Content That NJprisonrn Likes

Content That NJprisonrn Likes

NJprisonrn, MSN, NP 3,526 Views

Joined Jul 7, '11 - from 'NJ'. Posts: 197 (28% Liked) Likes: 98

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  • Jan 7

    Normally, I would have knocked this deal because I don't like the money. But it's worth considering since it involves receiving specialty training---which isn't easy to get as a new grad these days. BUT, the training is for 4 months so why does he want to keep you at $60k for 2 additional months before increasing it to the $75k? Derm specialty services aren't cheap, and if you're going to be seeing 50 patients a day you're not going to have any problems with billing much more than $200k a year for this practice.

    I would max practice expenses at 50%. I think that he could do better than that 25% that he's offering, but as long as what he's paying you is within the local market range then I suppose it's an acceptable sacrifice to make in exchange for the experience that you're going to get. Make sure that the contract is for one year only and that it doesn't include a non-compete clause. After you've done your year, if better opportunities call you can simply move on.

    Congratulations, and good luck!

  • Jul 14 '14

    Hello all!

    I have a patient who has a new end ileostomy. I am the only CWOCN in the hospital and I was gone on vacation when he was in the hospital. So the surgical floor did their best with his ostomy care. However, they were using the wrong pouch which caused leakage and the peristomal skin to become denuded. So, now I'm trying to heal the skin while also trying to stop further leaking - Yikes!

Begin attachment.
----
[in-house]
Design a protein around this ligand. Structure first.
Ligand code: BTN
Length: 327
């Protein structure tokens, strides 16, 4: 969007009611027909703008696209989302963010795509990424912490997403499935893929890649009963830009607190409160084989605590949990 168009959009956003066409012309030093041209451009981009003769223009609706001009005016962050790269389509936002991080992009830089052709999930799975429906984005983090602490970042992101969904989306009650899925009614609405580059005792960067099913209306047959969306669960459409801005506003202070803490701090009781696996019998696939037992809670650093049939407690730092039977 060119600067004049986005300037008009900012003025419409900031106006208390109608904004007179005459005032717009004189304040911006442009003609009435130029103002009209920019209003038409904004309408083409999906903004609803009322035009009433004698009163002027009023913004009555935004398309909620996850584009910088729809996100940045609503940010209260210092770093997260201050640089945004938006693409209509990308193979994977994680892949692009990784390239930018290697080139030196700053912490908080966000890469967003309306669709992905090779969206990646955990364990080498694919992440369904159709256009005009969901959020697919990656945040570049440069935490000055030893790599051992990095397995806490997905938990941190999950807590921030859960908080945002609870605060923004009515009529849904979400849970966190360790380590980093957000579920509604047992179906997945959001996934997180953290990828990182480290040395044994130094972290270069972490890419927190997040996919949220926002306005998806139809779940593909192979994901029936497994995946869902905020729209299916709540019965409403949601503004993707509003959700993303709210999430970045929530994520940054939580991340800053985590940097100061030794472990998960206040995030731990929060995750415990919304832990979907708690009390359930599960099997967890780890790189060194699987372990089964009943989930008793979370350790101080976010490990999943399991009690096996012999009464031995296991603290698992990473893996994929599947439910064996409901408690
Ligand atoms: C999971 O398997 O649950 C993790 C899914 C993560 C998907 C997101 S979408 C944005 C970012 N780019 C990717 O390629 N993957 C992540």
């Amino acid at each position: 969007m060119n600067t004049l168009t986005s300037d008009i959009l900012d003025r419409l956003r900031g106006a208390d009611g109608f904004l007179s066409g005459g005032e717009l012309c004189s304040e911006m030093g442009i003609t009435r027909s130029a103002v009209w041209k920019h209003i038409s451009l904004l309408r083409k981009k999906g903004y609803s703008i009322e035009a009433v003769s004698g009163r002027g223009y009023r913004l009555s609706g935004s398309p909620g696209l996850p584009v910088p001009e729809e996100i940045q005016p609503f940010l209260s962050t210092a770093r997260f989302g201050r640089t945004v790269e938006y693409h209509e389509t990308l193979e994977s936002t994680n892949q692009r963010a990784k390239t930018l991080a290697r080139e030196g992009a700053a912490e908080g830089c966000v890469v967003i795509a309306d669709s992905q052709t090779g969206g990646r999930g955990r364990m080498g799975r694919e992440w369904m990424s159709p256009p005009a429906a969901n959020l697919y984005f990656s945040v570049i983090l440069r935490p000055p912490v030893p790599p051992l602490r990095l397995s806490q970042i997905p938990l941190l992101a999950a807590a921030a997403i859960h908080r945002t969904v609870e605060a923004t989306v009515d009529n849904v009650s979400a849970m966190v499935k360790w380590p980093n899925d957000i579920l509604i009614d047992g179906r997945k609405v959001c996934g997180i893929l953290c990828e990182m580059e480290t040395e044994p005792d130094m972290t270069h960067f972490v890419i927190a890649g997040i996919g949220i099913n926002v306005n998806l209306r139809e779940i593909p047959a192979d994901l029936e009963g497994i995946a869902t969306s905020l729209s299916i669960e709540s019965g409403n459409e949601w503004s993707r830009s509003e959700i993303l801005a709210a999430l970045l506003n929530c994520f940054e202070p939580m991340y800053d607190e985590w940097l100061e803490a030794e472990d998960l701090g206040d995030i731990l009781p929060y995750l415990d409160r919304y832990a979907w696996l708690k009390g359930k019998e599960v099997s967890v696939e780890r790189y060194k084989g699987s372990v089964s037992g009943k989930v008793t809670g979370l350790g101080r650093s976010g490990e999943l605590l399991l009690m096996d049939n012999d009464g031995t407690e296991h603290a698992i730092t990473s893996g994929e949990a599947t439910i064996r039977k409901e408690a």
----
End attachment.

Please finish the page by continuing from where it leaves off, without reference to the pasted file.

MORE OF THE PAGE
Here's the story -
    New end ileostomy (temporary - previous primary anastomosis leaked causing the need for this diverting ileostomy). The stoma only measures 32mm or 1 1/4". It is just slightly oval in shape. Stoma is flush to skin with the opening in the middle. Patient has a fairly flat abdomen with no creases/skin folds/divots. Abdomen is mostly soft (normal-like..if that makes sense). Patient was sent home with a flat one-piece pouching system, had leakage throughout entire weekend and now skin is moderately denuded from about 3-9 o'clock and extends to his groin/thigh area. Upper skin is slightly irritated but I believe that's all from the pouch tape-border and barrier being removed every couple hours. Patient states that he's had to change his pouch 3-4 times a day. The denuded tissue weeps a little which causes it to break the seal on the pouch (at least I think that's the problem).